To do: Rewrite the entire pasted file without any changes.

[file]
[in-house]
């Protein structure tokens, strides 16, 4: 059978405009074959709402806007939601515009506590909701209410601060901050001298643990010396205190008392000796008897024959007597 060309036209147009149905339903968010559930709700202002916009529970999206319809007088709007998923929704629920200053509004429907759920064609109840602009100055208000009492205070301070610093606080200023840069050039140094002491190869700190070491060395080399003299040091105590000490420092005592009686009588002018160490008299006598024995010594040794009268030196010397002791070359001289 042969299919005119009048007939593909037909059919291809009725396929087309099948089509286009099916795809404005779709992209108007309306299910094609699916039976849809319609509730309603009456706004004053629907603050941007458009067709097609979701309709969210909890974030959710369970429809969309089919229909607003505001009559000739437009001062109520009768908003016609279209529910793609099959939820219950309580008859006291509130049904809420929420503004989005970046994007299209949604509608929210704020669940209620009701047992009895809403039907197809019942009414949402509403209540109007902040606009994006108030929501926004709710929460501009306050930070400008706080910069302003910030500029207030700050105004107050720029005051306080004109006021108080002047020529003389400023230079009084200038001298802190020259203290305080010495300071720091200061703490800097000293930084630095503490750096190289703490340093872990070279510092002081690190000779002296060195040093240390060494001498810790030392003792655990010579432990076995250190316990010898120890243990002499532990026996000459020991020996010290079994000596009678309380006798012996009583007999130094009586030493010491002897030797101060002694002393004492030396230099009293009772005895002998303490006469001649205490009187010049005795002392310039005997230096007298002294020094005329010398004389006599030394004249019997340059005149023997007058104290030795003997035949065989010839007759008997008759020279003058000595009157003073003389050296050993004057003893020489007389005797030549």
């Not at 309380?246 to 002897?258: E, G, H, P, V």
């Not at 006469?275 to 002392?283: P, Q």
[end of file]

[in-house]
């Protein structure tokens, strides 16, 4: 059978405009074959709402806007939601515009506590909701209410601060901050001298643990010396205190008392000796008897024959007597 060309036209147009149905339903968010559930709700202002916009529970999206319809007088709007998923929704629920200053509004429907759920064609109840602009100055208000009492205070301070610093606080200023840069050039140094002491190869700190070491060395080399003299040091105590000490420092005592009686009588002018160490008299006598024995010594040794009268030196010397002791070359001289 042969299919005119009048007939593909037909059919291809009725396929087309099948089509286009099916795809404005779709992209108007309306299910094609699916039976849809319609509730309603009456706004004053629907603050941007458009067709097609979701309709969210909890974030959710369970429809969309089919229909607003505001009559000739437009001062109520009768908003016609279209529910793609099959939820219950309580008859006291509130049904809420929420503004989005970046994007299209949604509608929210704020669940209620009701047992009895809403039907197809019942009414949402509403209540109007902040606009994006108030929501926004709710929460501009306050930070400008706080910069302003910030500029207030700050105004107050720029005051306080004109006021108080002047020529003389400023230079009084200038001298802190020259203290305080010495300071720091200061703490800097000293930084630095503490750096190289703490340093872990070279510092002081690190000779002296060195040093240390060494001498810790030392003792655990010579432990076995250190316990010898120890243990002499532990026996000459020991020996010290079994000596009678309380006798012996009583007999130094009586030493010491002897030797101060002694002393004492030396230099009293009772005895002998303490006469001649205490009187010049005795002392310039005997230096007298002294020094005329010398004389006599030394004249019997340059005149023997007058104290030795003997035949065989010839007759008997008759020279003058000595009157003073003389050296050993004057003893020489007389005797030549």
């Not at 309380?246 to 002897?258: E, G, H, P, V």
């Not at 006469?275 to 002392?283: P, Q």